Wrapped in Gold
Thanks to the media, American women's definition of beauty has scaled to impossible heights, mostly achievable through severe diets, hyper exercises, and a scalpel or three. We define beauty by perfection of form and feature, and few of us measure up. Seeking to bridge this gap, last year Americans spent $3.4 billion on cosmetic surgery.
Despite the trends, we don't need more procedures or miracle diets; we need a new understanding of beauty. True beauty should reflect something greater than itself. God intends beauty—both internal and external—to reflect his brilliance and draw us closer to him
In Old Testament times, temple furnishings were wrapped in gold and brass. So when the candles and oil lamps burned, the brilliance within the temple must have made the Israelites wish for sunglasses. The building's glowing, gold tones reflected God's bright, "Shekinah-glory" presence. Surely God designed the temple so lavishly to mirror his beauty. Physical, structural beauty became an icon, a sign pointing to him.
In the same way, our faces, bodies, and outward appearance are icons or signs directing other people's attention beyond our own forms to God. In fact, the apostle Paul tells us our bodies are the temple of the Holy Spirit (1 Corinthians 6:19). All the more reason to pay attention to the skin and bones that house God.
So then, nothing is wrong with looking good—for the right reasons.
We care for our bodies not so others approve, love, marry, or hire us. Instead, we care for our bodies because, as a T-shirt says, "If you don't take care of your body, where will you live?" Somewhere between ignoring and obsessing lies good self-care: exercising regularly, eating well, sleeping enough, dressing attractively but not seductively. Then we can carry the Holy Spirit in healthy, pure bodies. And as we care for our bodies, our external "glory" will point to an even greater glory: God's.
Appropriate body-care also allows us to pay attention to ourselves, confident we're our healthiest, best selves so we can then forget about ourselves and be present to others.
In Psalm 45, the psalmist presents a king and his bride with an ode: "At Your right hand stands the queen in gold … " (v. 9, NASB). She, like the temple furnishings, is wrapped in gold.
But surely her husband's feelings reflect more than just appreciation for attire. The psalmist continues in verse 11: "The king is wild for you" (The Message). "Enthralled," reads the NIV.
That kind of love is enough to make someone feel beautiful.
A woman is beautiful not because of who she is (her looks or roles), but because of Whose she is. As we learn to live in the midst of God's "wild about us" love, we're transformed. We become fully alive and impossibly beautiful.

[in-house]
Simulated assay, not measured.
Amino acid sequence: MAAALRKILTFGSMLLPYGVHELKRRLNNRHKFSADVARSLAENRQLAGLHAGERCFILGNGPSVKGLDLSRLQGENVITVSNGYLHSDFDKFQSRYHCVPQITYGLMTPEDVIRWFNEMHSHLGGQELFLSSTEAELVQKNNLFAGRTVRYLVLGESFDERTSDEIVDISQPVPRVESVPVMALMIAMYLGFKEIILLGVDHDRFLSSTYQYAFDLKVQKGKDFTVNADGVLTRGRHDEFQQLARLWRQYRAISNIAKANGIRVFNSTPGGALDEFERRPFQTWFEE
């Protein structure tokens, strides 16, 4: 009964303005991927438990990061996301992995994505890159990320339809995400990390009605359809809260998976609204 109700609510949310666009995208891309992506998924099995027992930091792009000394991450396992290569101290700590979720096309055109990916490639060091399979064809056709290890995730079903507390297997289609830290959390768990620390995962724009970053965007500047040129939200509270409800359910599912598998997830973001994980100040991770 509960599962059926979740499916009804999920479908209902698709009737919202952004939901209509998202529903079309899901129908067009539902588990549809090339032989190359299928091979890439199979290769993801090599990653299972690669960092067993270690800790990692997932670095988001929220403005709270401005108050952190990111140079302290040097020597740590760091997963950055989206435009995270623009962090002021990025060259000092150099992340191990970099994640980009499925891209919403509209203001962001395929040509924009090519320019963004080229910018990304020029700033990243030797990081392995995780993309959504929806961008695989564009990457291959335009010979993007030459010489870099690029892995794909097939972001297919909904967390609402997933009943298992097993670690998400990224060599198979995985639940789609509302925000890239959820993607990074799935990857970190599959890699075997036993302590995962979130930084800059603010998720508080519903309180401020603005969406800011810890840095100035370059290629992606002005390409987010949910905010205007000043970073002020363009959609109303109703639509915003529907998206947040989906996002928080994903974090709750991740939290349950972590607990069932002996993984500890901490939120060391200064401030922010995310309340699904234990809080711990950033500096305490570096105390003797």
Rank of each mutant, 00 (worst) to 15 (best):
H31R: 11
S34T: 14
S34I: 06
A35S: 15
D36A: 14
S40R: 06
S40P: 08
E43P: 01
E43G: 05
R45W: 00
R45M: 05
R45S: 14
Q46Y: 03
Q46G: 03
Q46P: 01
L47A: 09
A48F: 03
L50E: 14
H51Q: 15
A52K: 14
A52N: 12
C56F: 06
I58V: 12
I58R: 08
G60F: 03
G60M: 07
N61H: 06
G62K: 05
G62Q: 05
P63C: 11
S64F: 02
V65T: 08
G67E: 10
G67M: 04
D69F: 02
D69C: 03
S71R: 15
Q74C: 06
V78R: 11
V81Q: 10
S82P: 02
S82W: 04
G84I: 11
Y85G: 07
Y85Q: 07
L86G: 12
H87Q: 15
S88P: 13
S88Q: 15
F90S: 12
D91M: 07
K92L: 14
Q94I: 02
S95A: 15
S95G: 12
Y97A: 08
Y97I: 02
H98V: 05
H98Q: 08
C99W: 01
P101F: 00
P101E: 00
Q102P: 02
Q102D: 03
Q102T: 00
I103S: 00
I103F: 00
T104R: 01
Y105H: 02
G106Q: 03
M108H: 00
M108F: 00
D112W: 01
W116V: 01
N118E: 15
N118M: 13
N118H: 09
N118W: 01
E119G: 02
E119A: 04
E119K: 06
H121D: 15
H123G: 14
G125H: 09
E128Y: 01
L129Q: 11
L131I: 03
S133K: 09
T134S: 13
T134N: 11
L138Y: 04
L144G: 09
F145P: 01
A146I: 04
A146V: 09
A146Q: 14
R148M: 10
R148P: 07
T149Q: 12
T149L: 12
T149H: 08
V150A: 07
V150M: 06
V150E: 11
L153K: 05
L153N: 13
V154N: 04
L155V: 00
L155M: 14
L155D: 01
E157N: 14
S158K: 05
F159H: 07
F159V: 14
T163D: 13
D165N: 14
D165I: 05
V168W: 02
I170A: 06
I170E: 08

Our Past Doesn't Define Us
How we actually look is less important than how we think we look. But negative voices and experiences can sometimes shadow our perceptions. We enter a beautifying love relationship to God with memories that haunt us, taunt us, remind us how we're unlovable. A world's worth of cosmetics, exercise, and surgery can't camouflage a wounded spirit. So many women carry inner brokenness from living in a broken world, surrounded by people who love imperfectly. These women don't know they're lovely. Perhaps other people took advantage of them; perhaps their external beauty put them in dangerous places; perhaps their family members or husbands didn't respect, love, and honor them.
My friend Shireen is a curly-haired brunette with Bambi eyes and high spirits. But her father's incestuous advances during her childhood made her want to disappear—and disappear she did behind 100 extra pounds of weight. She wouldn't consider herself lovely now, even though she truly is.
In Psalm 45:10, the psalmist says to the bride, "Forget your people and your father's house." For Shireen to heal and become the beautiful woman God created her to be, she has to put the past in its place: the past. By beginning to recognize the cost of past—and present—pain, by learning to forgive the offender, by starting to seek restoration and support, healing works its way out in the form of loveliness. The apostle Peter calls this captivating, holy beauty "the gentle, gracious kind that God delights in" (1 Peter 3:4, The Message).
True beauty radiates outward from a heart of "gold" and wraps us in gold, reflecting not manufactured beauty but God's transforming love. As a result of that security, we see ourselves as beautiful and become more so—externally and internally—every day.
When I saw my friend Lynna years ago, I noticed family problems had drained the light from her face. She personified despondency, as though she were dying minute by minute. When I saw her recently, however, I barely recognized her. Her outward appearance—weight and hair color—was the same. But something inside her radiated beauty.
"You're glowing!" I said.
Her smile lit the room. "I've had some breakthroughs in counseling, and finally discovered how much Jesus loves me." That comment sounds trite—until you see her. She could run day spas out of business with that kind of testimonial.
She shone like the temple, like the king's bride who wore gold, like Job who said, "When he has tested me, I will come forth as gold" (23:10).
Women who know they're truly loved, become lovely. And being truly, perfectly loved comes indirectly through imperfect people—but directly from God.
Let God wrap you in gold today. Because that's what happens when you realize the King is wild about you.
Jane Rubietta, an author and speaker, lives in Illinois. She is author of Come Closer: A Call to Life, Love, and Breakfast on the Beach (WaterBrook).
Copyright © 2010 by the author or Christianity Today/Kyria.com.
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Wrapped in Gold
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